Meh, I hate how some rags gush on about sport sedans while out here in the Midwest we could give a damn about carving corners-and some of us even want to bring Brougham back…
Point being, I don’t read many hobbyist rags. I have my own opinion on cars and could care less about those of a profession writer. If you want to go weak in the knees about “handling”, hatchbacks, deco tenting the wood and chrome trim and other such heresy, I’m not getting a subscription and I sure as hell will not be paying newsstand prices.
Oh, and get off my lawn!
My first Opel was a 69 Kadett L wagon automatic in 1985. Great car and gave me a love of the brand for life.
Since I originally commented on this piece four years ago, I’ve amassed what my wife may call an ‘overly comprehensive’ collection of C&D back issues. Having read most issues between 1968 and today, I still think C&D was, and is, the best American car magazine on sale.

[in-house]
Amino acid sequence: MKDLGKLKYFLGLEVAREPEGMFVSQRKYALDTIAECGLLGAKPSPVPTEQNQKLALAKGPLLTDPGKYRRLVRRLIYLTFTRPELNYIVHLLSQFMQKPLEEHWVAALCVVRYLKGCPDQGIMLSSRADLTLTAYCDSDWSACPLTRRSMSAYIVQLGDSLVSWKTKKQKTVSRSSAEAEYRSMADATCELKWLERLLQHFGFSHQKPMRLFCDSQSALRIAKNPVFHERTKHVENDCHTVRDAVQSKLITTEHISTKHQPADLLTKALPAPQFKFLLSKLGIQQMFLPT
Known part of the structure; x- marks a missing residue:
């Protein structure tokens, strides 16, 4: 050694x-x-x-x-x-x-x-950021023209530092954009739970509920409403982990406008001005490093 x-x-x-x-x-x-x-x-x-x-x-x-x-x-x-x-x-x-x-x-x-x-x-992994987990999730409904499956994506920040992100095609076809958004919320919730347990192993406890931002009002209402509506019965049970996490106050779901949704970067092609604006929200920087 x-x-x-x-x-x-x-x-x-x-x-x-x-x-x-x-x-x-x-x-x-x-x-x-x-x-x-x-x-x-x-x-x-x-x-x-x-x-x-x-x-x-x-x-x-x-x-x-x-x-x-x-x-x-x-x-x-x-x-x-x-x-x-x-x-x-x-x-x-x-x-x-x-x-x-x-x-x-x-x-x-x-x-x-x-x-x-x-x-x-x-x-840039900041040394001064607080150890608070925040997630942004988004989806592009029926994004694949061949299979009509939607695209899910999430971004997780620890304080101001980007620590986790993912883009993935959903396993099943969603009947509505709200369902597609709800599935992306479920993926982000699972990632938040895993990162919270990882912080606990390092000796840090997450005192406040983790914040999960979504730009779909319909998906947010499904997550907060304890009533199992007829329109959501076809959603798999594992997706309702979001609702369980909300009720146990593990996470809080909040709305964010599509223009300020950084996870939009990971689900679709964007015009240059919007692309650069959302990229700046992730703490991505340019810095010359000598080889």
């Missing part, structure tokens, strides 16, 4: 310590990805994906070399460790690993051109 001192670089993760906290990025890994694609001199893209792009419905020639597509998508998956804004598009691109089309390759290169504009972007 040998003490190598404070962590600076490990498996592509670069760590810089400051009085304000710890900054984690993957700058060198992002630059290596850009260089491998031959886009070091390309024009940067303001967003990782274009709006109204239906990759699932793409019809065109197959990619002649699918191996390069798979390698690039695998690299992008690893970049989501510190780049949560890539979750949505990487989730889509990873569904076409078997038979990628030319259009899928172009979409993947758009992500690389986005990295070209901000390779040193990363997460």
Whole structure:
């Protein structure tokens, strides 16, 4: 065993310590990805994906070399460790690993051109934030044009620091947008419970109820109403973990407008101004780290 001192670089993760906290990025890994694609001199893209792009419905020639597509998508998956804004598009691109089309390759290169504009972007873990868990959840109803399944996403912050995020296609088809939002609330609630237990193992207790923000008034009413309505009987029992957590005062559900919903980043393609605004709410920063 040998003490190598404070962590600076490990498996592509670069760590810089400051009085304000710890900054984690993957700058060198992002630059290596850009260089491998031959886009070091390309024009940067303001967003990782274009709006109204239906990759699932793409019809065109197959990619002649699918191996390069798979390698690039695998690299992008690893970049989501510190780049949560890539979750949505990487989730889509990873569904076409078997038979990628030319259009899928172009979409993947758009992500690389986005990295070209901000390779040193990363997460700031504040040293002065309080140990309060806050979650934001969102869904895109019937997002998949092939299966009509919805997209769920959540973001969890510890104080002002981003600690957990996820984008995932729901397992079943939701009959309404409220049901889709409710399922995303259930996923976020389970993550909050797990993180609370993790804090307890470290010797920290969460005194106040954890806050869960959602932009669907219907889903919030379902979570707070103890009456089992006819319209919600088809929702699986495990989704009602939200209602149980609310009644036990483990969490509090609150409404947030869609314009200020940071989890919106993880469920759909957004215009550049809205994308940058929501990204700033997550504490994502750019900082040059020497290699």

That said, re-reading those back issues confirmed my original impressions. In particular, Davis and Yates always seemed more interested in advancing their personal celebrity than in undertaking the work of honest journalism. And, especially in their latter years, both seemed to expend most of their ink on whatever famous person they’d recently lunched with, or golfed with, or compared megabuck car collections with, ad nauseum.
Another bit of irony exposed by reading later ’70s articles was that compact cars, far from being the harbinger of a neutered doomsday that C&D presented here, became the last bastion of automotive enthusiasm in the 1970s. Instead, it was the V8 full-sizers, dumbed-down and softened-up, that got re-cast in the role of complacency and submission to government regulations.